Molecular genetics of astrocytomas and meningiomas

S. J. Dalrymple, Robert Brian Jenkins

Research output: Contribution to journalArticle

17 Citations (Scopus)

Abstract

Although both spatial and temporal heterogeneity confound the description of the genetic events underlying glioma tumorigenesis, it is becoming evident that chromosome 17 loss and p53 inactivating mutations are probably involved early in the pathway of tumorigenesis of some, but not all, astrocytomas. Chromosome 10 loss and epidermal growth factor receptor amplification are seen predominantly in high-grade lesions, although they have not been shown to be independent prognostic indicators. Data is accumulating on the presence of a tumor suppressor gene on chromosome 9p, although the gene remains to be identified. The roles of chromosome 22 and the NF-2 tumor suppressor gene in the tumorigenesis of sporadic and familial meningiomas are discussed here, along with other nonrandom chromosomal alterations that are seen in both astrocytomas and meningiomas.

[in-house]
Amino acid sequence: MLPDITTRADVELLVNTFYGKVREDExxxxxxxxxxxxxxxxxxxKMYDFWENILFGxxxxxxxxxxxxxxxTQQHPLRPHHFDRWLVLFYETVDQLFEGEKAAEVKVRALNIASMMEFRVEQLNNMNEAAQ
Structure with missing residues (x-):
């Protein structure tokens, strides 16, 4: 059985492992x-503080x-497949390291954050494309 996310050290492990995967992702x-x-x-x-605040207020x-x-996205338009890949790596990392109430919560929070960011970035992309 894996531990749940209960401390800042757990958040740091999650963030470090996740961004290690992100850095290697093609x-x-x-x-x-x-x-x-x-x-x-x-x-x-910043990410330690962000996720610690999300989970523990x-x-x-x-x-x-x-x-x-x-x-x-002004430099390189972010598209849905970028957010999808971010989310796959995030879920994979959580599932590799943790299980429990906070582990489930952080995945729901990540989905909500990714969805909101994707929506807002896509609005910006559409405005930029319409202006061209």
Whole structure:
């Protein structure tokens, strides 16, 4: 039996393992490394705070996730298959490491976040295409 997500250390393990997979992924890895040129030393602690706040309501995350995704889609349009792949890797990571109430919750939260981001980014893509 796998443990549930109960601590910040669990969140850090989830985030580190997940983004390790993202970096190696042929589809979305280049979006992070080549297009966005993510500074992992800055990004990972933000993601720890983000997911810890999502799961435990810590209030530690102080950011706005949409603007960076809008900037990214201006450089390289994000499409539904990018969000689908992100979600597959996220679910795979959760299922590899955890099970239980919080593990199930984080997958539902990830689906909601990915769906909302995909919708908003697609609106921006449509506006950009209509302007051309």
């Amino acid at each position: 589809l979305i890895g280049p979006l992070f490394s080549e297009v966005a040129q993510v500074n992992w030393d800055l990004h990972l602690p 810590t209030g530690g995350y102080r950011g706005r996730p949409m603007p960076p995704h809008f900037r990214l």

Original languageEnglish (US)
Pages (from-to)477-483
Number of pages7
JournalCurrent Opinion in Neurology
Volume7
Issue number6
StatePublished - 1994

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Astrocytoma
Meningioma
Molecular Biology
Carcinogenesis
Tumor Suppressor Genes
Chromosomes, Human, Pair 22
Chromosomes, Human, Pair 10
Chromosomes, Human, Pair 17
Epidermal Growth Factor Receptor
Glioma
Chromosomes
Mutation
Genes

ASJC Scopus subject areas

  • Neuroscience(all)

Cite this

Molecular genetics of astrocytomas and meningiomas. / Dalrymple, S. J.; Jenkins, Robert Brian.

In: Current Opinion in Neurology, Vol. 7, No. 6, 1994, p. 477-483.

Research output: Contribution to journalArticle

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